operates at a higher level and is used to abstract underlying physical resources, ESXi hosts, virtual machines, vCenter, and so on. vCloud Director end users do not know the underlying physical infrastructure, ESXi hosts, and vCenter servers. VMware vCloud Director is used to create a cloud that end customers can use. VMware vCloud Director interacts with the underlying vSphere components and infrastructure, and synchronizes with vSphere periodically. At the vCloud Director level, resource provisioning is automated. A user enters input parameters, then virtual machines, networks, and other resources are deployed to an optimal secure location automatically and seamlessly for a tenant. Fast, transparent and automated provisioning is performed.

While a vCenter administrator can view virtual datacenters,

which are logical units for management, a vCloud Director user (tenant) can only view the organization’s datacenters, catalogs, users, and options for managing a virtual organization’s datacenter. VMware vCloud Director administrators can view multiple organizations and underlying resources, but they cannot perform all management operations for these resources as they do in vSphere.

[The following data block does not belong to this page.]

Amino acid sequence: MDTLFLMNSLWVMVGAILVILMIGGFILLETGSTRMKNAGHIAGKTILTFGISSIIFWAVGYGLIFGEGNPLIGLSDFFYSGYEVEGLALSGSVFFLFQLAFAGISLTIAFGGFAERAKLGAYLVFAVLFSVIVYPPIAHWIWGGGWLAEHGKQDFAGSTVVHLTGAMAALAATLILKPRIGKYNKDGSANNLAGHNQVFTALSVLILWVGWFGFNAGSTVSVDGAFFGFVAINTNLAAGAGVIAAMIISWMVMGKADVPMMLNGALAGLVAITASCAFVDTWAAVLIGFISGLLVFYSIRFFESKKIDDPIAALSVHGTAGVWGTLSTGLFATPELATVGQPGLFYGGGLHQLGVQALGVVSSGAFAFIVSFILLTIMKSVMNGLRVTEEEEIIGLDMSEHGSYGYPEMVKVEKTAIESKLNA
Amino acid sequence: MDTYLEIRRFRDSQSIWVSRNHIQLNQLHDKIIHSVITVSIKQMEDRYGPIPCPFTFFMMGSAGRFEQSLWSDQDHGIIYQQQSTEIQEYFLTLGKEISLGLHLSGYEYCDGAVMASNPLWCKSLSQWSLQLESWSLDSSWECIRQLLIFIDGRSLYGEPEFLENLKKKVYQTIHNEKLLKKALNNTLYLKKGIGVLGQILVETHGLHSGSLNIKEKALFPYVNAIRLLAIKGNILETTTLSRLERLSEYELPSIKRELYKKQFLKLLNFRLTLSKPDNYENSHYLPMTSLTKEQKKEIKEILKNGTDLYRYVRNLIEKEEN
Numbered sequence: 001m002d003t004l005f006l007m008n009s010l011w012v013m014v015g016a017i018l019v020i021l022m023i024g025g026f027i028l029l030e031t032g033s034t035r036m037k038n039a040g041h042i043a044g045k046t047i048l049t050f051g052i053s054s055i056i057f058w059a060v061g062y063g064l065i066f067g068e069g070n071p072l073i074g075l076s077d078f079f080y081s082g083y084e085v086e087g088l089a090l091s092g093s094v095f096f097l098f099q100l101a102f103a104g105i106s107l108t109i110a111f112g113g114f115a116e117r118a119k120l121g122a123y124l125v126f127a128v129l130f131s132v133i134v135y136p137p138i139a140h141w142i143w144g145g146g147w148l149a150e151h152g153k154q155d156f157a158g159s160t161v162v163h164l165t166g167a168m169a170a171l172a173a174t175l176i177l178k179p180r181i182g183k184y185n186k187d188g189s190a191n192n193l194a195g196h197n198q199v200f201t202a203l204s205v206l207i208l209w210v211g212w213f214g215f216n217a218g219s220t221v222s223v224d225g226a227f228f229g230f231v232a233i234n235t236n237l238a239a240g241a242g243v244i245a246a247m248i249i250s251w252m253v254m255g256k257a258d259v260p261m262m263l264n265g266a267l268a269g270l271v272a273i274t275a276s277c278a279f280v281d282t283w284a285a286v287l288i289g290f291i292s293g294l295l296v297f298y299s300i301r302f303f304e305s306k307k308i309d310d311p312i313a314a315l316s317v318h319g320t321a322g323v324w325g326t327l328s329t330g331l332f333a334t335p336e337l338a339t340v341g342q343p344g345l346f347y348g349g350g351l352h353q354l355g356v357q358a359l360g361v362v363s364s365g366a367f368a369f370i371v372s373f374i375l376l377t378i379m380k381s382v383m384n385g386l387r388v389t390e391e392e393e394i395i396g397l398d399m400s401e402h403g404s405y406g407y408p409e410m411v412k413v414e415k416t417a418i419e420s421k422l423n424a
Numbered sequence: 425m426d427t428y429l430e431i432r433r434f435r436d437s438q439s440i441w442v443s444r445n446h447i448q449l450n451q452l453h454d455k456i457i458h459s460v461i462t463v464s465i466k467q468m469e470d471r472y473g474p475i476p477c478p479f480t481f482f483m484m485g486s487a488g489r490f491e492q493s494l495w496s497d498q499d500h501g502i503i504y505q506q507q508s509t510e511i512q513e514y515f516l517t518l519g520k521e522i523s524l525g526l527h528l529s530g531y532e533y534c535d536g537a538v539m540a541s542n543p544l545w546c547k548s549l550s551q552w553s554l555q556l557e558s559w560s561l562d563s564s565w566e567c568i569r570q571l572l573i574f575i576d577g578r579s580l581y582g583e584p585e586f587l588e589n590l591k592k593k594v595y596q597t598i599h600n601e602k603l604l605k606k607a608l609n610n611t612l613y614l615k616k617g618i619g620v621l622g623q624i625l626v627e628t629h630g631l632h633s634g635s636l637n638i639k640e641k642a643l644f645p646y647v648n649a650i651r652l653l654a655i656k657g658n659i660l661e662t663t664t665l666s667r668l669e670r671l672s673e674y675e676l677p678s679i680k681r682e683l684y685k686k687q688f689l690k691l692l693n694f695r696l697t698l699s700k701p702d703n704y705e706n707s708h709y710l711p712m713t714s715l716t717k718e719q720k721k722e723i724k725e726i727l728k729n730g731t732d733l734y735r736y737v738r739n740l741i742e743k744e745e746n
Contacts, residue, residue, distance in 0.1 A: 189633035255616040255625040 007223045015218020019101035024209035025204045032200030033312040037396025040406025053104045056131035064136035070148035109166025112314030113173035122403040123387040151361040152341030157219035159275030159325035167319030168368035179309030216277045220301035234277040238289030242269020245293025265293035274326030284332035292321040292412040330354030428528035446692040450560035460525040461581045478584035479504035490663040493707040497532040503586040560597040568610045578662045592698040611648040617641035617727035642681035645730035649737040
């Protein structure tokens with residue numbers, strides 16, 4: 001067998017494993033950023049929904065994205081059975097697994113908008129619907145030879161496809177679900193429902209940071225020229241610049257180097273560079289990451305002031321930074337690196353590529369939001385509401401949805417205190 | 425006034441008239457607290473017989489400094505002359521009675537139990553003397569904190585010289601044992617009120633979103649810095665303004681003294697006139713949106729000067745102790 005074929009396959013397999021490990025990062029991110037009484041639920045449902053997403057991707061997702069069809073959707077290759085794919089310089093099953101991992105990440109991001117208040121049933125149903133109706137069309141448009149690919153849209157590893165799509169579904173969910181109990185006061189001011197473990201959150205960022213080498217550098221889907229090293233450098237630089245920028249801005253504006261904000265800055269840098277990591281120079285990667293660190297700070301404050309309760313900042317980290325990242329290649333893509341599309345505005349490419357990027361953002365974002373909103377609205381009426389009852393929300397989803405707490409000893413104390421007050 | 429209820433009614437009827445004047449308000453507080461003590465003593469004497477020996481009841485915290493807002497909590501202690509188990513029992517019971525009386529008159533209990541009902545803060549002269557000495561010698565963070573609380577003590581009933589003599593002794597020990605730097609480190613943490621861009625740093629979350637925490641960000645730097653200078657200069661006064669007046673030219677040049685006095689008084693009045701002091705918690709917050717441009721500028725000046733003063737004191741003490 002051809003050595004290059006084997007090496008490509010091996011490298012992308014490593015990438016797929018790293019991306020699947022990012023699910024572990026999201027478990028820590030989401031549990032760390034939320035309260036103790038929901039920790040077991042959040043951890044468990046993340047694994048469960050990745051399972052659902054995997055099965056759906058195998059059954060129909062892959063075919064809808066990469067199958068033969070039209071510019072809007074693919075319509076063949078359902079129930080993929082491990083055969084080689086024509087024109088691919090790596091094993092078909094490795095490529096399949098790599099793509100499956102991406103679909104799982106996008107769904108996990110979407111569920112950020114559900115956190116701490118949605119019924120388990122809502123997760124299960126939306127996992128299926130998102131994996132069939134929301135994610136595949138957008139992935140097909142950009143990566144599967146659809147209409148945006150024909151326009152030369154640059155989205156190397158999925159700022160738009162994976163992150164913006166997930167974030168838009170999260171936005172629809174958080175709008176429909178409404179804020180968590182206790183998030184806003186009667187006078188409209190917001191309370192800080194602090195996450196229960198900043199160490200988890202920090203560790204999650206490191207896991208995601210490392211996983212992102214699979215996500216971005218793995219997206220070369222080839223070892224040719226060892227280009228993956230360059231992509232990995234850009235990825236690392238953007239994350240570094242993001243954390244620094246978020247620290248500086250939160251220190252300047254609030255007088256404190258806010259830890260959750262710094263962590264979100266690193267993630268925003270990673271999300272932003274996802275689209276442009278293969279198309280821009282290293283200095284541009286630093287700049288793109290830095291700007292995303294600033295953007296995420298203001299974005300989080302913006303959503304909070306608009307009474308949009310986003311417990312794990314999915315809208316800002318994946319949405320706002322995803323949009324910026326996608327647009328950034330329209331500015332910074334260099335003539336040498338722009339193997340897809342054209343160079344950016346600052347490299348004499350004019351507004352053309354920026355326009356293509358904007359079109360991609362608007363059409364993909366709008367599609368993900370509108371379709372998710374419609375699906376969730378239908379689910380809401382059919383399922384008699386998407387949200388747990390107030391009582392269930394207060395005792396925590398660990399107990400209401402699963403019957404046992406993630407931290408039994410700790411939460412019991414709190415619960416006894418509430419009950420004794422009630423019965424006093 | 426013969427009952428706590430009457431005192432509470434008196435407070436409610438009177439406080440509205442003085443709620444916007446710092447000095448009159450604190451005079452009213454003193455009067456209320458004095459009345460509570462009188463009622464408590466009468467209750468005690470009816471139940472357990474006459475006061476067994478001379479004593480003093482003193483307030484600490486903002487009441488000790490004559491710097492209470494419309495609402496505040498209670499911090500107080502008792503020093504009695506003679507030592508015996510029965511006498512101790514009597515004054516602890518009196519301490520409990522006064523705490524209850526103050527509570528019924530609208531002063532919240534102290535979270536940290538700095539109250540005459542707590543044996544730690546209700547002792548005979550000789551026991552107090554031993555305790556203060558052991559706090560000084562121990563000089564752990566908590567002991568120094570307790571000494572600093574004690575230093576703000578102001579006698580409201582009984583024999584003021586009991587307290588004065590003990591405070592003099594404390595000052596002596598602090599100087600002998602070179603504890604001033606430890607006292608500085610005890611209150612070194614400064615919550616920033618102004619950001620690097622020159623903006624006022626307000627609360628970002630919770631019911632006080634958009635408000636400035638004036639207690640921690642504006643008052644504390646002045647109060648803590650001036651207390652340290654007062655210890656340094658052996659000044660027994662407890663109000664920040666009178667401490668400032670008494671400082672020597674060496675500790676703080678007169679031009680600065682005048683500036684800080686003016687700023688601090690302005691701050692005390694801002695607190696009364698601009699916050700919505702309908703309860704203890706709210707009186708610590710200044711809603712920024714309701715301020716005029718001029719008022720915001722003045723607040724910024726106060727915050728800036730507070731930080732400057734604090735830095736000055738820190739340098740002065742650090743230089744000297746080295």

Components and Concept

Let’s explore the main terms and concepts of VMware vCloud Director

. A virtual data center

(vDC) is the environment where you can create virtual machines, vApps, VM folders with templates, and so on

.

A virtual machine is the basic unit of the virtual data center. You can create virtual machines from templates, create new virtual machines, and install a guest operating system from an ISO image.

Virtual Applications (

vApps) is a container for storing multiple virtual machines that work together to run a multicomponent application (whose components run in multiple virtual machines). VMware vApps is used to group and manage multiple virtual machines that perform common tasks. You can create vApp templates for rapid deployment of vApps and virtual machines.